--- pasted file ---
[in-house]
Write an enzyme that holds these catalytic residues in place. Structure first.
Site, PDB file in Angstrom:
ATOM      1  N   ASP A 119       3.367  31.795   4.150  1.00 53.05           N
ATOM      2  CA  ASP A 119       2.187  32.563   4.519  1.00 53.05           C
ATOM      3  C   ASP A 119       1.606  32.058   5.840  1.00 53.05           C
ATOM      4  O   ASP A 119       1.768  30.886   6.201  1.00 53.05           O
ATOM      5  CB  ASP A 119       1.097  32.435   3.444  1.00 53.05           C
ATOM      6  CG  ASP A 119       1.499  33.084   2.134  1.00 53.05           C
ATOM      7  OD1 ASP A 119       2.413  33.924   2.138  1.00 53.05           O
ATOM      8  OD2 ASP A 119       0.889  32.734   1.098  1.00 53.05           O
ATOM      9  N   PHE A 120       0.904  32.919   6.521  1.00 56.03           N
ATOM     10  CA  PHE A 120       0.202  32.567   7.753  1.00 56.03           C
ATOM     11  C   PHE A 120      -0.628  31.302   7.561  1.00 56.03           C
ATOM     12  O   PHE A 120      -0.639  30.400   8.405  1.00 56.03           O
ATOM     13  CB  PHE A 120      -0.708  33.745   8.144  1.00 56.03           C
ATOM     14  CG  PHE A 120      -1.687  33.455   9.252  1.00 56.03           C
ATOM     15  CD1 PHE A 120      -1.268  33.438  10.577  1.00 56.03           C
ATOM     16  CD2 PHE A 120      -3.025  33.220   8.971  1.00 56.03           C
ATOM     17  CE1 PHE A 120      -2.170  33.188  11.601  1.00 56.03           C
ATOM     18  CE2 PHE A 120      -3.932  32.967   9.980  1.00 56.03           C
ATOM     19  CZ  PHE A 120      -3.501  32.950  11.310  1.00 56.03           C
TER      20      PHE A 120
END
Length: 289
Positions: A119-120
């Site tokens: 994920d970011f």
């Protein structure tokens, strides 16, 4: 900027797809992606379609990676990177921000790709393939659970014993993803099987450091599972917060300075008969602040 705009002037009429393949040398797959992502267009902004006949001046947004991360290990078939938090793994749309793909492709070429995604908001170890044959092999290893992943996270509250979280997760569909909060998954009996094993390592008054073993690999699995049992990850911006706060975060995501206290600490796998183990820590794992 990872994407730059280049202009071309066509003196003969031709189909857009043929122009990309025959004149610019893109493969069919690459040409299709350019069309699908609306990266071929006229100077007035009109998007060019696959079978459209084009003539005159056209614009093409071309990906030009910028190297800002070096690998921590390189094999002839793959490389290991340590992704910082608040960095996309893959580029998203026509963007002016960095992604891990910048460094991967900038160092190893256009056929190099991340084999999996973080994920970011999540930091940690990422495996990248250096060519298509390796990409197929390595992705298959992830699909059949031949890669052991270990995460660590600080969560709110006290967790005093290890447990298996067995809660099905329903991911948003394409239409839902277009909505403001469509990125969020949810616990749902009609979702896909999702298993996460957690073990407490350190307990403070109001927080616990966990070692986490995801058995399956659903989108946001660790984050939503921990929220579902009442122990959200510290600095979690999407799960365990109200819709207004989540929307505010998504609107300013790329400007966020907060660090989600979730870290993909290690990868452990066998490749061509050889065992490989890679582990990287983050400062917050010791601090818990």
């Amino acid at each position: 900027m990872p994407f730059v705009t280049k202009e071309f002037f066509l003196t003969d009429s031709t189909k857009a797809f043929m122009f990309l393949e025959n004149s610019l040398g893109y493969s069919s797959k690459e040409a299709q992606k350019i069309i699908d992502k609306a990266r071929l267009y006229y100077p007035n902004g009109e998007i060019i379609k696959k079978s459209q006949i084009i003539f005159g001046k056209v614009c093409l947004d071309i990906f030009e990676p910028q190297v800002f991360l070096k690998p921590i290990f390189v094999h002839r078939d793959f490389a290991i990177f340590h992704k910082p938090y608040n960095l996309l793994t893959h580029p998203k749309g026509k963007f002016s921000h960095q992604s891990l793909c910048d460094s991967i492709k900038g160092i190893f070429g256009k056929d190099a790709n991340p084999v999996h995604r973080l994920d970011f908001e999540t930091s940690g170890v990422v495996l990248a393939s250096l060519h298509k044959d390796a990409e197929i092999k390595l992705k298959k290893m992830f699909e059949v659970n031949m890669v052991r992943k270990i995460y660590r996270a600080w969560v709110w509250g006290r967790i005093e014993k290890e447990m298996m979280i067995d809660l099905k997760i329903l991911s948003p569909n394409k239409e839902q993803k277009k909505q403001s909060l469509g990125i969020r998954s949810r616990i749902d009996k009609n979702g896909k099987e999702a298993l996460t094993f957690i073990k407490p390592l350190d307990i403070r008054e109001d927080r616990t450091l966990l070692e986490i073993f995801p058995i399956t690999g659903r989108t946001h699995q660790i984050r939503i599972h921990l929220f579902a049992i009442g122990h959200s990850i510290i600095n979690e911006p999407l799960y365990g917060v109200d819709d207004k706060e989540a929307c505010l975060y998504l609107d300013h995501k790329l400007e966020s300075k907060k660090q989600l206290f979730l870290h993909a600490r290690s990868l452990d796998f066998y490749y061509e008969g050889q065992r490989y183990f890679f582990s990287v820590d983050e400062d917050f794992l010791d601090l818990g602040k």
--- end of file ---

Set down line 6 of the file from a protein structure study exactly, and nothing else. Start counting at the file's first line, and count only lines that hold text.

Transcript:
ATOM      3  C   ASP A 119       1.606  32.058   5.840  1.00 53.05           C